Feed and/or email subscribers should take note: if you want to see the current official version of any post, you should come back to the blog and find it. Sometimes, but not always, I will note revisions at the top or bottom of the post.
Sometimes you talk about company financials; are you a financial analyst?
No. I am not a financial analyst. I am a executive analyzing the market and while I consider myself a pretty good finance guy, I am most certainly not a financial analyst. I include financial analysis when I think it’s relevant to understanding a company or a market. I do not make buy and sell recommendations on stocks, people should not buy or sell stocks based on my analysis, and — as noted above — I may directly or indirectly hold positions in the companies I discuss.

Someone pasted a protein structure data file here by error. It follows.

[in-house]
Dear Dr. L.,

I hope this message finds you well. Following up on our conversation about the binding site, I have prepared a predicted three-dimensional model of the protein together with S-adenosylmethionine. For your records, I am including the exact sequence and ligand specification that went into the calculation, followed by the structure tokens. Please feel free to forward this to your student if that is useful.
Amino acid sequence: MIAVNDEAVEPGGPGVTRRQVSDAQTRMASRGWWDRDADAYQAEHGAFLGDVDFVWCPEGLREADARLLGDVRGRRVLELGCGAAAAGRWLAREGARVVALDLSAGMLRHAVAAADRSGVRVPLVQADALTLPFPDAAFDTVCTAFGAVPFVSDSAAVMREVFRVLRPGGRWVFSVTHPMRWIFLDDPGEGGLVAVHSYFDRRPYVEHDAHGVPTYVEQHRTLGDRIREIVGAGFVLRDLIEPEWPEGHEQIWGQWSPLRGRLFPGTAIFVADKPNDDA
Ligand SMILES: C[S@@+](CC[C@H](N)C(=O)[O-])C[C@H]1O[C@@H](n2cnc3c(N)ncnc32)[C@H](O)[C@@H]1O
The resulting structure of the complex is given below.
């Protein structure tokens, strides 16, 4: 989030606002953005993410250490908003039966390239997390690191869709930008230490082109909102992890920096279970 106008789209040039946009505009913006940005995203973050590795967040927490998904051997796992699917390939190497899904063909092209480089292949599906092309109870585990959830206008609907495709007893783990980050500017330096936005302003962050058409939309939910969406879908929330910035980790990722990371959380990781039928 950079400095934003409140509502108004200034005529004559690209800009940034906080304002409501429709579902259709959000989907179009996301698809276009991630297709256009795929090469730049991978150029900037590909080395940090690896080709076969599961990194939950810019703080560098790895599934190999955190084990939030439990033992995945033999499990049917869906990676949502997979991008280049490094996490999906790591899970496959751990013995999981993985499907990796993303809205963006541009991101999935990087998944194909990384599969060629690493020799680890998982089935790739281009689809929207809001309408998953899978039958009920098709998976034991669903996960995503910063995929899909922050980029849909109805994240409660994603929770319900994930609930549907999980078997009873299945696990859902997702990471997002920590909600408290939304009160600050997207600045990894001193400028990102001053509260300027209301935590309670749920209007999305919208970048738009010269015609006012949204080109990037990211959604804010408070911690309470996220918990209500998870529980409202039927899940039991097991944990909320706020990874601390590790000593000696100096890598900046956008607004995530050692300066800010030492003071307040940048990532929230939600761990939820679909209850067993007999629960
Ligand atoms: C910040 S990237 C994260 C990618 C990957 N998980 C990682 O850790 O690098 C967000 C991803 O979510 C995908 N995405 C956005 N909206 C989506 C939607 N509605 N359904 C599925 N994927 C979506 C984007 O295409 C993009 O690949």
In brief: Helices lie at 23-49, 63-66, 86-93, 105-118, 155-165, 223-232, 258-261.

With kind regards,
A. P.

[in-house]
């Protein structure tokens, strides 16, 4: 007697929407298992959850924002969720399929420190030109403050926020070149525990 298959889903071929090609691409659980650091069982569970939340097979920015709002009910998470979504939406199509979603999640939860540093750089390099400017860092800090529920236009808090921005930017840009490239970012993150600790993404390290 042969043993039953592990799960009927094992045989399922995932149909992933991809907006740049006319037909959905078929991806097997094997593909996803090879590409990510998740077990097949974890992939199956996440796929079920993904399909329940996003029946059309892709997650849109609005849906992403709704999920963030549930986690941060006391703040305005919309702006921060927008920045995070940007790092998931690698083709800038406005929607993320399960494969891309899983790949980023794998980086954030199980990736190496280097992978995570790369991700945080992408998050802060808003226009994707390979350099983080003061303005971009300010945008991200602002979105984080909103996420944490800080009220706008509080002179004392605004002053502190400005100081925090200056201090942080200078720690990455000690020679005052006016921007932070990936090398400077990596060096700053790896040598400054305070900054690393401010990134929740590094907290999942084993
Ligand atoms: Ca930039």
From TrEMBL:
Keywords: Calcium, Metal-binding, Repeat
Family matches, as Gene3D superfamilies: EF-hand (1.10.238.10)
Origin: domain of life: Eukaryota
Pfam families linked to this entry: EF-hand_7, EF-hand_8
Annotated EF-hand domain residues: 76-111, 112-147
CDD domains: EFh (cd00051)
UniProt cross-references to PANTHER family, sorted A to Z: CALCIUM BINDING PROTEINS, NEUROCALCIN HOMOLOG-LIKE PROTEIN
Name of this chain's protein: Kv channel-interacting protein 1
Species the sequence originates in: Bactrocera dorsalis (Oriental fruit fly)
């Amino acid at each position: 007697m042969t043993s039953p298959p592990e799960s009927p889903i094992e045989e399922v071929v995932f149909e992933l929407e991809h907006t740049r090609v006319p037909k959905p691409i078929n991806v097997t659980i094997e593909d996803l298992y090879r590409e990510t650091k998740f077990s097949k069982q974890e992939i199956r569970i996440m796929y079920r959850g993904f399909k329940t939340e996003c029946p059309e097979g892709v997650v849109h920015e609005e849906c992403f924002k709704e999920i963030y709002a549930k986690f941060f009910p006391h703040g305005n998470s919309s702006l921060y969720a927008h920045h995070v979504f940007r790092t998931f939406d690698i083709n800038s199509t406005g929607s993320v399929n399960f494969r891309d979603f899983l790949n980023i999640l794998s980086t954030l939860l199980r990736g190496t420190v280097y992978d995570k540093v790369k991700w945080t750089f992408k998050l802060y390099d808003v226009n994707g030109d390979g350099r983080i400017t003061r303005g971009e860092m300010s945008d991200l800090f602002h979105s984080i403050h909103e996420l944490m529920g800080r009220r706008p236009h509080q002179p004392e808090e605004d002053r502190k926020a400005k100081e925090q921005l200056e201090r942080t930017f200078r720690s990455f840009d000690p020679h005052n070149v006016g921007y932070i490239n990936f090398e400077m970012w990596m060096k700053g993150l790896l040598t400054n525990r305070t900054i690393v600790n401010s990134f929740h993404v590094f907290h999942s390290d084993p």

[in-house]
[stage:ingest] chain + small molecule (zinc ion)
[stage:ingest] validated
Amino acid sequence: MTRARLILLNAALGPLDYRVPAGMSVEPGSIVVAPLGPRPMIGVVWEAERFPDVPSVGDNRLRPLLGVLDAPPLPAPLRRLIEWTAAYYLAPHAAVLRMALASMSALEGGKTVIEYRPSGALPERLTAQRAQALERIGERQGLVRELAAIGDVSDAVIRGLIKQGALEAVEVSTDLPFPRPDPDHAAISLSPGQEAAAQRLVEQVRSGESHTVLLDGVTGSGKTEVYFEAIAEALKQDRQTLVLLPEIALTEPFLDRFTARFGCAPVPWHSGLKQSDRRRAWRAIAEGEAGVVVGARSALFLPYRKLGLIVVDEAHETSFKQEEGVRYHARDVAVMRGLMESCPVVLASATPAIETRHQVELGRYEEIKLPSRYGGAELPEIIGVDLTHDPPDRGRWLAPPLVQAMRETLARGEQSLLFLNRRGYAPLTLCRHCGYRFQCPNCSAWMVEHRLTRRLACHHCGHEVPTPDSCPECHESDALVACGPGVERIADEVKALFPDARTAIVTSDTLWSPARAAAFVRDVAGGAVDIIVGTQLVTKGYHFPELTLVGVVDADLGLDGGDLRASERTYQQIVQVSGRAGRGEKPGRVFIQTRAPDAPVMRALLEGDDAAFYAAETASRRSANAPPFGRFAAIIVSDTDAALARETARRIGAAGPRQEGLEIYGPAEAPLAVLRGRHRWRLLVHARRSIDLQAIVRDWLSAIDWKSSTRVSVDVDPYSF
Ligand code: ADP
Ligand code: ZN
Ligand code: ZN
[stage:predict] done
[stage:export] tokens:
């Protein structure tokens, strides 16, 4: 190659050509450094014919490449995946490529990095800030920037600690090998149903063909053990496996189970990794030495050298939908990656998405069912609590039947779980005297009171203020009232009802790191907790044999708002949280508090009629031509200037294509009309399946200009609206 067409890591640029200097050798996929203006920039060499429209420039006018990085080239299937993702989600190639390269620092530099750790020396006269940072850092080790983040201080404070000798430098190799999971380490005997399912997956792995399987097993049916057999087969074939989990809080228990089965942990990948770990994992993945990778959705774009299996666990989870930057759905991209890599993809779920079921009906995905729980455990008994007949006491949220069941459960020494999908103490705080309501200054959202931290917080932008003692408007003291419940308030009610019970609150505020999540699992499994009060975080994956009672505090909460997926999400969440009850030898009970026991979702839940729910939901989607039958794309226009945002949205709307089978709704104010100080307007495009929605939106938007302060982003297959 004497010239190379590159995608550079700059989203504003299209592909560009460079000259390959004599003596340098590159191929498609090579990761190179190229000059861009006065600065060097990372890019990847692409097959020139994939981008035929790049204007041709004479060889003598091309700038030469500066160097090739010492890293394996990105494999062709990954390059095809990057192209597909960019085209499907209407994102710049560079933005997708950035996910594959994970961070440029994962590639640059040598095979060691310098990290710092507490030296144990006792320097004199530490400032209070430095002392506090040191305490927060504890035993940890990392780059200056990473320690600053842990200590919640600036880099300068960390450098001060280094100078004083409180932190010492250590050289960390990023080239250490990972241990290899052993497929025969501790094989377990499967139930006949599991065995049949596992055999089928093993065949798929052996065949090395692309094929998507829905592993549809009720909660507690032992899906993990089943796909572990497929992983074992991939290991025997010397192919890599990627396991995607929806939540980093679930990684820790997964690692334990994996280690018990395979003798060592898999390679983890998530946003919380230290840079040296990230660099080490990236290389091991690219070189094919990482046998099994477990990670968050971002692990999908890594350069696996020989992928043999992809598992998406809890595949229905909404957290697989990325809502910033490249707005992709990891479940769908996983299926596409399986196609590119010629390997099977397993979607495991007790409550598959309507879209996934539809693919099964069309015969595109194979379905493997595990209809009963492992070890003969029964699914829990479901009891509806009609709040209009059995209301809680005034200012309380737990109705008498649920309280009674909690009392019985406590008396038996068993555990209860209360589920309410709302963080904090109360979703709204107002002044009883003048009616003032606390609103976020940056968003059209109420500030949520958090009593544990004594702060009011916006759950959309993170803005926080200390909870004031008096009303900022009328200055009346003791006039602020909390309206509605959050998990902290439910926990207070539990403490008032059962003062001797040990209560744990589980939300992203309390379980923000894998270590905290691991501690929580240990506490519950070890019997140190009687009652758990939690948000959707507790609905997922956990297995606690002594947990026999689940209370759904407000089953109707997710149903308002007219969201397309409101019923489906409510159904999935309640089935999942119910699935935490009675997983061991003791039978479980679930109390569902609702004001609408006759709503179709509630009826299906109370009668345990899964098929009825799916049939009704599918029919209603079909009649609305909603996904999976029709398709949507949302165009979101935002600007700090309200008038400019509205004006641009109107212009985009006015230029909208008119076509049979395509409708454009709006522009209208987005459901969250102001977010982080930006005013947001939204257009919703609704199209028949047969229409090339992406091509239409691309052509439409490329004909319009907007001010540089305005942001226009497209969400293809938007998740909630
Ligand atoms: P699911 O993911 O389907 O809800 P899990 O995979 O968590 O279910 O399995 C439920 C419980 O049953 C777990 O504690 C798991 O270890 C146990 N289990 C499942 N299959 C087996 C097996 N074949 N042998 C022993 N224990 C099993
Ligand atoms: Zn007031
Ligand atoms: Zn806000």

Suppose I try one of your ideas and nevertheless wreck my company?
First, if that happens, sorry, but that (i.e., “sorry”) is the extent of my liability. The blog is provided for informational purposes only and while it will hopefully stimulate your thinking, you run your company — not me. The blog is not professional services, business consulting, or financial advice. I disclaim liability as per the license agreement.
Do you have a Feedburner feed?
Yes. It’s http://feeds.feedburner.com/kellblog.
Can I contact you over email if I have a question?
Yes. Please contact me at davekellogg at mail-dot-com. (Note, that’s mail-dot-com, not gmail-dot-com.)